• Loading...
  • Loading...
  • Loading...
23rd July 2019
Emmanuel and Madonna
Title of film: Madonna, Batuka
Director: Emmanuel Adjei
Production Company: COMPULSORY and Dreamers
After such intense collaborative long-term relationships with artists such as Sevdaliza – and we’re talking about a run up of films before the gob-smackingly cinematic and justifiably celebrated Shahamaran  – Emmanuel Adjei then signed up to make two films with Madonna. Wham. Bang.  Just like that. The first is brilliantly epic and huge in its message: Madonna’s consistent theme of the repression of the Catholic church played out with Mykki Blanco as  Joan of Arc. It’s faultless in its multi layers of visual narrative. And then joy oh joy, the second film, this time for  Madonna’s track Batuka is simply a beautifully uplifting, uncomplicated celebration of women and their love of music and faith to their own spirit.

Please tell us about how the two, so very different videos, came about. What were the initial briefs and did it come from Madonna? What were the early conversations about?

Madonna’s team reached out at the end of last year asking if I would be able to come over and meet her to discuss the visuals for her upcoming album. She was a big admirer of my work and wanted to collaborate on a number of videos. She organized a private listening session at her place in London and two weeks later I went over there to meet her. This was the first time I met her in person.  During our first conversation she gave insight into the backstory of the album and the things that inspired her. We connected on a personal level before we even started talking about the practical side of the videos which was really great.

After a long chat, we went straight into the studio and listened to all the tracks of the album. The songs were all exquisite, so different from her previous records yet very distinctively Madonna. While listening to the tracks we started sharing some ideas. I remember one of them was that she wanted the artist Mykki Blanco to star in one of her videos, as she had a special relationship with him. Initially, she wanted me to direct all the music videos that were scheduled for the album but we ended up choosing three tracks that I resonated the most with so I could really focus on creating strong pieces.

Once I got back to Amsterdam it all kind of felt a bit surreal at first. The next few days after our meeting I went back to Madonna’s place to re-listen to the tracks. After digesting all the info properly and I sat down with my co-writer Marleen Özgür and we wrote the concepts for ‘Dark Ballet’, ‘Batuka’ and ‘Killers Who Are Partying’. For the last track we ended up not shooting a video because of the tight schedule we had, but we had quite some time to develop the concepts for the other two projects which was really great to have.

Madonna, still from Batuka

What was the WHOLE process like? The films are distinctively YOU but did Madonna have her say along all the filmmaking stages through to edit?  Did you feel you had to compromise your own vision at all?

The process was fun but also very challenging. We negotiated a lot, as she was really on top of everything. I would literally discuss every detail with her over the phone, by text or in person; from script to shoot to edit, until the day of the release. She had a strong opinion about a lot of things but she also knew what she wanted. In essence, being flexible is key when working with such big artists. I always tried to stay open-minded to new ideas while still trying to keep the very core intact. In the end, I’m really happy our distinct voices and decisions came out nicely in both videos.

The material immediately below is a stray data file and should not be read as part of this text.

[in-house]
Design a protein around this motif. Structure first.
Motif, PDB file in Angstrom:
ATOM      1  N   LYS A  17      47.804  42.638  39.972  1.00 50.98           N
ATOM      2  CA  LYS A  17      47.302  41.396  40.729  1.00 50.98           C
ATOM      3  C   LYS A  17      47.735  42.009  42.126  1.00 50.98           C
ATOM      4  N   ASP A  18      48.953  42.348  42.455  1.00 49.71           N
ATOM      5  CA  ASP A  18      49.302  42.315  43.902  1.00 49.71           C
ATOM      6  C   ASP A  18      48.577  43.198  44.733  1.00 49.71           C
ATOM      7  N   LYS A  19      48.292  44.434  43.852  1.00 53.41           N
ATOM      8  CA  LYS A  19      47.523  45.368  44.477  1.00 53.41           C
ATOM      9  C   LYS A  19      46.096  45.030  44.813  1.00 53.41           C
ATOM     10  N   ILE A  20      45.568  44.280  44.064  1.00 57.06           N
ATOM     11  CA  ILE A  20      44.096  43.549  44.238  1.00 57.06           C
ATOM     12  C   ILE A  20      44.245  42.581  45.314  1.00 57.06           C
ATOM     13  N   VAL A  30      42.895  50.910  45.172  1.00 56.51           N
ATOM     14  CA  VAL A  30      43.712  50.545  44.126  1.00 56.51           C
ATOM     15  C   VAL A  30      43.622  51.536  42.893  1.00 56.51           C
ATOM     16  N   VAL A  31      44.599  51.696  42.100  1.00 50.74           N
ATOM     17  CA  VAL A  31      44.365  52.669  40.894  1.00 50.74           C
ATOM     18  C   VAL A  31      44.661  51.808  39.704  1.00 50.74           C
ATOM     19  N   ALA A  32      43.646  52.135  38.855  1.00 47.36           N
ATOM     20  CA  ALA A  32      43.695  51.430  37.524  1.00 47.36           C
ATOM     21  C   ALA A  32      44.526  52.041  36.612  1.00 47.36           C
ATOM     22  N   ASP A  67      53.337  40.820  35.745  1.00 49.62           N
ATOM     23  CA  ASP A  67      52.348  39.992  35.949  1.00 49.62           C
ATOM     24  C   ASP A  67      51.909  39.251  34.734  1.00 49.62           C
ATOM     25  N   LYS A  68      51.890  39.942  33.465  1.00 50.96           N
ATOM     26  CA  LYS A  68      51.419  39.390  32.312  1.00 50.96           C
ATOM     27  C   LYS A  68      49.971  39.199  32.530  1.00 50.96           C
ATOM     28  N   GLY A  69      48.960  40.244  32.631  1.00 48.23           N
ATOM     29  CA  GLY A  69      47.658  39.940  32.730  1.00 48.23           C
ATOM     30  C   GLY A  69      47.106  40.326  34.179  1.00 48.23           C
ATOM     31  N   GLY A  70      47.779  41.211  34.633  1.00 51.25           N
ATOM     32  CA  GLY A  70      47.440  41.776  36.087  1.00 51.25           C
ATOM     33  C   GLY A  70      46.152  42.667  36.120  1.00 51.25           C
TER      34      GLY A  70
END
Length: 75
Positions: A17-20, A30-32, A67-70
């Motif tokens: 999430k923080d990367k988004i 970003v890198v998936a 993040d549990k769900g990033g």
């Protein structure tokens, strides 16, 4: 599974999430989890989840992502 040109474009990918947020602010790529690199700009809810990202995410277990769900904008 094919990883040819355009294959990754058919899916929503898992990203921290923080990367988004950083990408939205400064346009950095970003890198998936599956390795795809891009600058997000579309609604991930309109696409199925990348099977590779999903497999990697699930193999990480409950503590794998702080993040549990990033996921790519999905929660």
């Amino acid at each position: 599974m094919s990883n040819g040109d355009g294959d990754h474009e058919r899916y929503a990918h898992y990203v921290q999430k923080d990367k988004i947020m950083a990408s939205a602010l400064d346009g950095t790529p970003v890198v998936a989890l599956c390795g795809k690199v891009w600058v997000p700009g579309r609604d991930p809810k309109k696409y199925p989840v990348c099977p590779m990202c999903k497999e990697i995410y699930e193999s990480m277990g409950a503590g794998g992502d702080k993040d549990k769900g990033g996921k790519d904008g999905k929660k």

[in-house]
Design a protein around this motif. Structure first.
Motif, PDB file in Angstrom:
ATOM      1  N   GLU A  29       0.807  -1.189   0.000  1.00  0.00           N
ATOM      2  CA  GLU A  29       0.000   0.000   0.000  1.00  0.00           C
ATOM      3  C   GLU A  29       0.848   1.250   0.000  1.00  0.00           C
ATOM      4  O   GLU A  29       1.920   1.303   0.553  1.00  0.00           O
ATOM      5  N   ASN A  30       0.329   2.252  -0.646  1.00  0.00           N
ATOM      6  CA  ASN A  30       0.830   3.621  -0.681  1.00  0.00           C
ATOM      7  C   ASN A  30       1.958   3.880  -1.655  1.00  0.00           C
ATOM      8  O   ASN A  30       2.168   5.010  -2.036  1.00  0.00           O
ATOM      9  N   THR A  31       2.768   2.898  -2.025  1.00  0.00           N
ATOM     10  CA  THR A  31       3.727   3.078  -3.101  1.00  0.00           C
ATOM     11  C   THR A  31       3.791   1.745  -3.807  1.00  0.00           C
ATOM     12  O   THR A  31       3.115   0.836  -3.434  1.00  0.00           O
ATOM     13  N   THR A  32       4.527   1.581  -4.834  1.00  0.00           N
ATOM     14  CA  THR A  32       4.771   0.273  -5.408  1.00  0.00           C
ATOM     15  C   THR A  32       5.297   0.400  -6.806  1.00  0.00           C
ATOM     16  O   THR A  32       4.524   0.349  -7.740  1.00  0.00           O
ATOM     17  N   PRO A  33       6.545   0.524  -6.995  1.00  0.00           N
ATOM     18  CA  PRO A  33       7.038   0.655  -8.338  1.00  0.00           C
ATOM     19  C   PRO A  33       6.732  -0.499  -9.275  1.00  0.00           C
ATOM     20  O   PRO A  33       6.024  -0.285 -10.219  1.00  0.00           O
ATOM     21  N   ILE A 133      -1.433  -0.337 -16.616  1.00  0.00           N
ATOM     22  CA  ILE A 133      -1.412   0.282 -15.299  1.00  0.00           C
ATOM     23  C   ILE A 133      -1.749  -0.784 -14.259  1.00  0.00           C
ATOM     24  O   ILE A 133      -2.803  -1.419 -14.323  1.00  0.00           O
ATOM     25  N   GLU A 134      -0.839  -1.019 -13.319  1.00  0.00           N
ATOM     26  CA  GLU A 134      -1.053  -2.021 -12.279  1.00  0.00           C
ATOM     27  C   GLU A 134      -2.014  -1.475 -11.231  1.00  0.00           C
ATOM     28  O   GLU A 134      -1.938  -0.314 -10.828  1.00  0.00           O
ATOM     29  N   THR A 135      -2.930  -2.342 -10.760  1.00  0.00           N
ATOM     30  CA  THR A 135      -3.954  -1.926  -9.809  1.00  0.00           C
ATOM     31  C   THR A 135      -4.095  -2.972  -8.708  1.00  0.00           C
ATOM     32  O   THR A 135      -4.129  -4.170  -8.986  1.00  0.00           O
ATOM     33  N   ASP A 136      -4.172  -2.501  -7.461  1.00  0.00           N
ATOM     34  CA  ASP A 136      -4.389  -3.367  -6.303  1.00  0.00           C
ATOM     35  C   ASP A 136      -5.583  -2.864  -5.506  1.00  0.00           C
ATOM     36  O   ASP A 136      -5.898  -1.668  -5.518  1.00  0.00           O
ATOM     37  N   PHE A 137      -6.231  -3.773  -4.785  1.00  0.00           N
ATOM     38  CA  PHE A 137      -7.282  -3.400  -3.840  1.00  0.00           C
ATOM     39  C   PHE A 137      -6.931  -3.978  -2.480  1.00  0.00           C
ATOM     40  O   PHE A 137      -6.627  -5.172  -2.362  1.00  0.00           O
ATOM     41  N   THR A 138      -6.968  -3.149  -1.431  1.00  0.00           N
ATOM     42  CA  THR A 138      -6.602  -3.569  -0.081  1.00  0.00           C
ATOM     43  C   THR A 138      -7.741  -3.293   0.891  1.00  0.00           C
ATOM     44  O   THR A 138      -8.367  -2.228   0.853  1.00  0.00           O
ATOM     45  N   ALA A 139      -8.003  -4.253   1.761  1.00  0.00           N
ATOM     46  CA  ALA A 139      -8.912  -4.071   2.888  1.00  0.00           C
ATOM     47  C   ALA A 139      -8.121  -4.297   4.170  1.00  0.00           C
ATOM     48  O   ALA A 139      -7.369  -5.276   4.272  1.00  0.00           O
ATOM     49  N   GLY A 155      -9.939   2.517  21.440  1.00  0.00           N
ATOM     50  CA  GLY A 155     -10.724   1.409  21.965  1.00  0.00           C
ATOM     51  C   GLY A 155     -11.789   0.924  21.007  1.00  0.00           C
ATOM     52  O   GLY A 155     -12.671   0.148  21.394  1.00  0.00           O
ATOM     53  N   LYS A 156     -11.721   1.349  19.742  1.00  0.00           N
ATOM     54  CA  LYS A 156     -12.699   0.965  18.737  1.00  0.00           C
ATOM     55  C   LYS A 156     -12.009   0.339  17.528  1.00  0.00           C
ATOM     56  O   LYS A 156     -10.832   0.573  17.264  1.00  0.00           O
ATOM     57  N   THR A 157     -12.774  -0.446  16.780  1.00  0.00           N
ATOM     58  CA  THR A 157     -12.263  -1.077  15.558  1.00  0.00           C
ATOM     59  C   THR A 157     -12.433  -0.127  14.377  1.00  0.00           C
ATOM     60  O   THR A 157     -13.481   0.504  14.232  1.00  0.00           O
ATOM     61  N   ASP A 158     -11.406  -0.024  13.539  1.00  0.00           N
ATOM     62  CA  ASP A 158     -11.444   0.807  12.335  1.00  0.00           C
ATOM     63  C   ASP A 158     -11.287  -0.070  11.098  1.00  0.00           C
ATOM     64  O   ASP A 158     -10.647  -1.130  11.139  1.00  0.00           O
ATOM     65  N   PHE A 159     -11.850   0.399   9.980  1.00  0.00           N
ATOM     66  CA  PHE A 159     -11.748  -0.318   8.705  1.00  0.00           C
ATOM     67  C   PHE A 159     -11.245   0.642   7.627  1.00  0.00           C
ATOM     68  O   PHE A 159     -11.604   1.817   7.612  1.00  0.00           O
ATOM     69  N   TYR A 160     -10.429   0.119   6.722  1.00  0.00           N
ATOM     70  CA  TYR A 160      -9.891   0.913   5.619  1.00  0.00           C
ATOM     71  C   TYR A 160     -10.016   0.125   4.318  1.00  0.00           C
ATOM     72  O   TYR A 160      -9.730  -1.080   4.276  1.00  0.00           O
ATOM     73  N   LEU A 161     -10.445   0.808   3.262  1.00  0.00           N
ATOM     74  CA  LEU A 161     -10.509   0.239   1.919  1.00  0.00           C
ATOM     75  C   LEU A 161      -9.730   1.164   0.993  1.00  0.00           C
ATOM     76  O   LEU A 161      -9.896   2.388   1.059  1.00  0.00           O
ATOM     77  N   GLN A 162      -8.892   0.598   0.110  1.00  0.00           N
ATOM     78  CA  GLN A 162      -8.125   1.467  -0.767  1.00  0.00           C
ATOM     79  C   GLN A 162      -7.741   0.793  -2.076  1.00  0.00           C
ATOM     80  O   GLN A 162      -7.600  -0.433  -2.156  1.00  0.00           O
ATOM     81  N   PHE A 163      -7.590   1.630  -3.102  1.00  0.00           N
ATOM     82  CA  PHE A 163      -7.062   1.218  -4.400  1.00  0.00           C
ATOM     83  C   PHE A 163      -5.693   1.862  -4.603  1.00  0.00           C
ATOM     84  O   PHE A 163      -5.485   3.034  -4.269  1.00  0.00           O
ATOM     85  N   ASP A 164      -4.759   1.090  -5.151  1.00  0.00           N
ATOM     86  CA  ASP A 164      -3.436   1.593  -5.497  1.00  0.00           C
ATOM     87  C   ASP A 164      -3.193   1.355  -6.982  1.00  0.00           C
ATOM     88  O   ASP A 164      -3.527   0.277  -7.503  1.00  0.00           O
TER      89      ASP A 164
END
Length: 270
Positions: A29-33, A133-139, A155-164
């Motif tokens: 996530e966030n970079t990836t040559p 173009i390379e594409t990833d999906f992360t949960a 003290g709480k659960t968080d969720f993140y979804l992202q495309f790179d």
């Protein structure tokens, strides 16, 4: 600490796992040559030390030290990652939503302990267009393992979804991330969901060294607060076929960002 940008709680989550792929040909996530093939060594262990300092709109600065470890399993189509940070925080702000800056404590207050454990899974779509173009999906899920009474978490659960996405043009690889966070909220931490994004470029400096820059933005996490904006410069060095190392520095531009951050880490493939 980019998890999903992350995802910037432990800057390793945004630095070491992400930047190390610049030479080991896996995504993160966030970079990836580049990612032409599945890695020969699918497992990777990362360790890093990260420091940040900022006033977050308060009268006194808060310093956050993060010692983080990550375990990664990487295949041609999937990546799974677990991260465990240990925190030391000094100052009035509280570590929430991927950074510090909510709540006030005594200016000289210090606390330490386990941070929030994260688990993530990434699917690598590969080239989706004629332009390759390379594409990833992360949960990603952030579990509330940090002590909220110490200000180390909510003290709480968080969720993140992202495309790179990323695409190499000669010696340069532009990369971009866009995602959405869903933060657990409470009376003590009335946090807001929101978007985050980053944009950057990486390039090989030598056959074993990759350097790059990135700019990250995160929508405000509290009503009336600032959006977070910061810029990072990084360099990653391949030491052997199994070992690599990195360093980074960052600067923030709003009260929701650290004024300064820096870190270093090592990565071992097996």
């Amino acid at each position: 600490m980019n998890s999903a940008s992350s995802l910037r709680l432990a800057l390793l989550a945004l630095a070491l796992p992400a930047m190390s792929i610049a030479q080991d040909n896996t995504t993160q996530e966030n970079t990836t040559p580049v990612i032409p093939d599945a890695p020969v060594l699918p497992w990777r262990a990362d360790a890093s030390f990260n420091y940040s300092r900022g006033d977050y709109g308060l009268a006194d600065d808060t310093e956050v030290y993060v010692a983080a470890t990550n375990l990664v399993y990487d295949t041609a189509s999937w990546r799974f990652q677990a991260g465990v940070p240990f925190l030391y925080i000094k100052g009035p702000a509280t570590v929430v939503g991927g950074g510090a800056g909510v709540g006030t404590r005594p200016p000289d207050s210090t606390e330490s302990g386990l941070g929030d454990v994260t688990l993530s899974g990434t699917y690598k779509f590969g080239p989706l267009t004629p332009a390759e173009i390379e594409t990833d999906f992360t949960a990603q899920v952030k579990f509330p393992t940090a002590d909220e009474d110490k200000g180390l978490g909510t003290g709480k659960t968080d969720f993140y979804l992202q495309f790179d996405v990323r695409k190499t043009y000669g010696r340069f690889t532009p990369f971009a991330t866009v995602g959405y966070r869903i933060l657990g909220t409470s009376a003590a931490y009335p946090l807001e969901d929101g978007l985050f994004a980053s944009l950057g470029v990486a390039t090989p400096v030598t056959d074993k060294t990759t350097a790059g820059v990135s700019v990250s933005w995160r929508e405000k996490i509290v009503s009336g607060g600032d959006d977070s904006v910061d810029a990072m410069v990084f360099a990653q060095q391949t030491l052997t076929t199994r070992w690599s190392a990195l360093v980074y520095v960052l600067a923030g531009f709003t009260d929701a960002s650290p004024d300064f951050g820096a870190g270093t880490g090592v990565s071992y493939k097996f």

Batuka, on location in Portugal

Batuka is beautiful in its framing and lighting – did you work with the same cinematographer for both films?

Yes, the director of photography was Paul Özgür, with whom I also worked on Sevdaliza’s Shahmaran. We go way back and have worked on a lot of projects together. He really knows how to capture real emotion through his unique lens. We also had a second unit that came with Madonna’s team shooting additional stuff.

Did you storyboard in detail the scenarios – I guess Batuka was a more spontaneous shots list but how on earth did you work out Dark Ballet?

For Dark Ballet we had to storyboard the whole video in detail as it felt more like a short film. We had a number of different set-ups and a few shots that had visual effects. When storyboarding Batuka, I realized it wasn’t really necessary. I knew I wanted the scenes to feel more organic, documenting real moments of Madonna and the Batukadeiras, so we chose to improvise most of the scenes on the shooting days while still having the main concept as our guideline. Everything still felt in place when we made sudden changes on set.

Dark Ballet, Mykki Blanco as Joan of Arc

What were the most challenging aspects of the productions and how did you resolve them?

One of the main challenges was that we had to shoot two videos that were very different from each other, back to back with a super tight shooting schedule. We basically shot two films at the same time which made it sometimes hard to focus on one. When we were shooting Dark Ballet I was trying to find possible solutions for Batuka. And vice versa. Plus, let’s not forget working with a superstar who is used to having high demands. Executive producers Chris Toumazou from COMPULSORY and Mélodie Saba from Dreamers, together with producer Tom Birmingham, did an outstanding job guiding the productions into the right direction, from beginning till end.

Another thing; looking for some of the locations for Dark Ballet was quite challenging because we wanted to shoot some intense scenes inside or close to a monumental Catholic church building for an artist named Madonna. This is not something you would normally do in a country like Portugal but luckily we had an amazing line-producer Margarida Adónis from Ready To Shoot who did a great job hustling these unique locations for us that we ended up shooting on.